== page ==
“Exacerbated by the climate crisis, El Niño is a real risk to the ability of many Filipino families to put food on their table. Today, we are seeing much higher prices of rice and other staple foods. A global coral bleaching event is also underway – risking the death of entire ecosystems and driving away fish and marine sources, which supply up to 70% of the total animal protein intake of Filipinos. The ongoing El Niño should be a splash of cold water on the national government to urgently prioritize adaptation and resilience building nationally, ensuring that vulnerable communities and sectors are shielded from worst impacts. At the same time, it must stop employing policy directions that bring even more harm to people, the environment, and the climate – especially dependence on coal and gas whose amid extremely hot temperatures also become a grave burden.”

Luke Espiritu, National President, Bukluran ng Manggagawang Pilipino (BMP)

“Workers are already beset with starvation wages, rising cost of living, and precariousness. As extreme temperatures caused by El Niño will destroy crops and dry our water sources, workers will further face rising food prices and costs of public services, accompanied by worsening work conditions due to the infernal heat. We call for an immediate declaration of a national climate emergency. This should lead government to take bold and effective steps in addressing the climate crisis. There must be a comprehensive climate action plan containing mitigation measures like the rapid shift to renewable energy. The shift must be under a just transition framework in order to preserve workers’ livelihoods, provide living wages and ensure healthy work conditions. Climate finance must be through non-debt creating public budgets with Global North countries made to çontribute based on their historical responsibility for GHG emissions.”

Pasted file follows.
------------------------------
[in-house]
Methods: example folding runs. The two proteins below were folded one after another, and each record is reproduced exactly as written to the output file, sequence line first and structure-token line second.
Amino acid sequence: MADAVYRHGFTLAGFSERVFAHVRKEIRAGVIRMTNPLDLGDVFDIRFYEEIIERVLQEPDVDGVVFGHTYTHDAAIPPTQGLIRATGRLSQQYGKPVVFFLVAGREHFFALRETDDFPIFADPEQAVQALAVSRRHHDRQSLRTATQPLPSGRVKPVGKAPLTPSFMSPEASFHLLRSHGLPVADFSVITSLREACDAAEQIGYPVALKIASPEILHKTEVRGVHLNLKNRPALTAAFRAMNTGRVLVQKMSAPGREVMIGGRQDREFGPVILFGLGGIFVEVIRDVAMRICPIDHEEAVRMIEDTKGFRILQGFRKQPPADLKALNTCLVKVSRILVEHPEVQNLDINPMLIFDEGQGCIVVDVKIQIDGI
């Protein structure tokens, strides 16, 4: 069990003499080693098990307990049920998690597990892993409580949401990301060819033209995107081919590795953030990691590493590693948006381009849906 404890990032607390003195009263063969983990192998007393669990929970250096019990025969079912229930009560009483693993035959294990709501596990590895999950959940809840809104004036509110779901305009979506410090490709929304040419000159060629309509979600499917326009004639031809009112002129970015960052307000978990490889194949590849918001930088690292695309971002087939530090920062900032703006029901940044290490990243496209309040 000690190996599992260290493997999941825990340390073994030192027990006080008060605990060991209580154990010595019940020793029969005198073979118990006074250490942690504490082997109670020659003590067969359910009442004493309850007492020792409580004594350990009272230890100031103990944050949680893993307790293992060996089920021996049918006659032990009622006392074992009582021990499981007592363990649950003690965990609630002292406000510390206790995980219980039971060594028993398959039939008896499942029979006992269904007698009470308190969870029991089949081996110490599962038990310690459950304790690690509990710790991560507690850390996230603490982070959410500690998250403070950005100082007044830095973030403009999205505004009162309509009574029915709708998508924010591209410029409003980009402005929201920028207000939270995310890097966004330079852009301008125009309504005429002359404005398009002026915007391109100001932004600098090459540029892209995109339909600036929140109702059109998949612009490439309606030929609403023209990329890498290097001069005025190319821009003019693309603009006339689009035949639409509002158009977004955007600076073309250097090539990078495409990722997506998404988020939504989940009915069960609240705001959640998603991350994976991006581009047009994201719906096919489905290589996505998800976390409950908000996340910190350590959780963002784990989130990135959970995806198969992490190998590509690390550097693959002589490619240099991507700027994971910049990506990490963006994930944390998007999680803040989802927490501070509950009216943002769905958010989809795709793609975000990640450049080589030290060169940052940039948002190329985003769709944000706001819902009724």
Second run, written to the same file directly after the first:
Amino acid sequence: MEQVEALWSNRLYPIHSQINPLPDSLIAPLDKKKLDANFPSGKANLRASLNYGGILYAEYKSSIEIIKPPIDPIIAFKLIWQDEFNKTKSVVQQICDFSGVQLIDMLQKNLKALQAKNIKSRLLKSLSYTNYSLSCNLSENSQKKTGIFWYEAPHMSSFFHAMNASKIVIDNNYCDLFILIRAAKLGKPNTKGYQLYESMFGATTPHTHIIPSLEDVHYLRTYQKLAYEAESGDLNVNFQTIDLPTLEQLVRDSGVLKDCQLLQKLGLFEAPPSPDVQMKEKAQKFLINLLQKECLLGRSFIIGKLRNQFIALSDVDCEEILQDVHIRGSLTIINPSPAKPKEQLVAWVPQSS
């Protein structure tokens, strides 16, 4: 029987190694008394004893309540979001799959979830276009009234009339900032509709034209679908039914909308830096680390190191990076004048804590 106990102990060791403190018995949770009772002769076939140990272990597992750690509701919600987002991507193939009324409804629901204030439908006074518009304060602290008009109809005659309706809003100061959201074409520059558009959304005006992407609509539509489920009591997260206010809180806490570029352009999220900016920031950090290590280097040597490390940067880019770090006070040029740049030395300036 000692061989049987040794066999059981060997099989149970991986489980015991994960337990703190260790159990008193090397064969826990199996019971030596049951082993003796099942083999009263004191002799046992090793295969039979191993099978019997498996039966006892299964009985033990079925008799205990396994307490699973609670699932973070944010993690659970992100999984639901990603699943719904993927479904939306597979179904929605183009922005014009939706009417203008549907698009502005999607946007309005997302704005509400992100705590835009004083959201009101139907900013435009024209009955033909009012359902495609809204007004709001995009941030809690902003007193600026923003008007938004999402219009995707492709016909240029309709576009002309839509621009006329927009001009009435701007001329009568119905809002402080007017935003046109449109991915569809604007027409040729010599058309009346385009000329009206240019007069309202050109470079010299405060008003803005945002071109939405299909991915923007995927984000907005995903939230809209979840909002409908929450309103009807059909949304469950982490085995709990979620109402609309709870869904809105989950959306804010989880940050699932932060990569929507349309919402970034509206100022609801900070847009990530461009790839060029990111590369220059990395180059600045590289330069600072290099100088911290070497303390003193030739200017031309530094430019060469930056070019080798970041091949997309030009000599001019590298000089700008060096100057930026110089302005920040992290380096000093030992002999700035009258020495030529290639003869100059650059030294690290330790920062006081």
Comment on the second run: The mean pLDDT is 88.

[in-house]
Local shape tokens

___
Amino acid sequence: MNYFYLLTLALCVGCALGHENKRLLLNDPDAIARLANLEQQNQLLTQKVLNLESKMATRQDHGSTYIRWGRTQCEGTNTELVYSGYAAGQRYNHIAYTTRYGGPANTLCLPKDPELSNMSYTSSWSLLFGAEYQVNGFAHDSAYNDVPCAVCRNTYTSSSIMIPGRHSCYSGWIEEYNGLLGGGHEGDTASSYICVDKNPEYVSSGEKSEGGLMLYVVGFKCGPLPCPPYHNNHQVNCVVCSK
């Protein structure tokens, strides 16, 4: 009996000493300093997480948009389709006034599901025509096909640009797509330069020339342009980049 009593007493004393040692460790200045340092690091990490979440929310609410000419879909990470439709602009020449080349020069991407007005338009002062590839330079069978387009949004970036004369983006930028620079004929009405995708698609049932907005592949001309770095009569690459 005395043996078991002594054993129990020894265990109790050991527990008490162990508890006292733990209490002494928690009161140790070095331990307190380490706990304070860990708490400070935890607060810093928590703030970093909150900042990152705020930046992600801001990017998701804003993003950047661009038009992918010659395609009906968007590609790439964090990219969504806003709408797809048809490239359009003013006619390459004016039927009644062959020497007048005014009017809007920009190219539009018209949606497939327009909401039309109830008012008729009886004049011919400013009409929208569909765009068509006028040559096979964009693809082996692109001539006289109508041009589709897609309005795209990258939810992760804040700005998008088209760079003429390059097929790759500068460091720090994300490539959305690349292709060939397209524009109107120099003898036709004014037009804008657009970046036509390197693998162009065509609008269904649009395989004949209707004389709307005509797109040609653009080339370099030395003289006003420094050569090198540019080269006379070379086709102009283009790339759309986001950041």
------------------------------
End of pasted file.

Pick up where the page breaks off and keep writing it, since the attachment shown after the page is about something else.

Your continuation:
Patricia Racca, Secretary-General, Samahan ng Progresibong Kabataan (SPARK)

“Tragic as the impacts of El Niño are today, all these will pale in comparison to future climate impacts if we continue to burn fossil fuels and advance polluting industries. The Philippine government has a responsibility both to the youth of the present generations to come to ensure our climate survival.”

Flora Santos, National President, Oriang Women’s Movement

“Sa pagdanas El Nino, sa usapin ng kabuhayan, kalusugan, at klima, ang talagang nagpapasan ng iba’t ibang krisis na ito ay ang kababaihan. Kababaihan ang laging nag-iisip kung ano ang kakainin ng kanilang pamilya. Kapag may bagyo o sakuna, ang nanay, ang lola, ang nag-iisip kung paano titiyaking ligtas ang mga anak nila. Hindi lang diskriminasyon ang dinadanas ng kababaihan, pasan din nila ang pag-iisip sa kabutihan ng pamilya, komunidad, at lipunan. Kaisa kami sa panawagang magdeklara na ang pamahalaan ng national na climate emergency, at maglaan ng pondo, programa, at polisiya para sa katiyakan na maayos ang buhay ng bawat Pilipino.”

Manjette Lopez, National President, Sanlakas

“There are multiple crises burdening our country today – not least of them the impacts of this El Niño, which is driving hunger, livelihood loss, and threats to the well-being of Filipinos all over the Philippines. The Marcos administration should be paying attention and taking action to resolve this, and not swim in distractions that only serve the interests of a few like the aggressive push for a charter change. The government must acknowledge and declare a national climate emergency, and mobilize in an all-hands-on-deck manner to genuinely serve the interests of Filipinos and protect our climate survival.”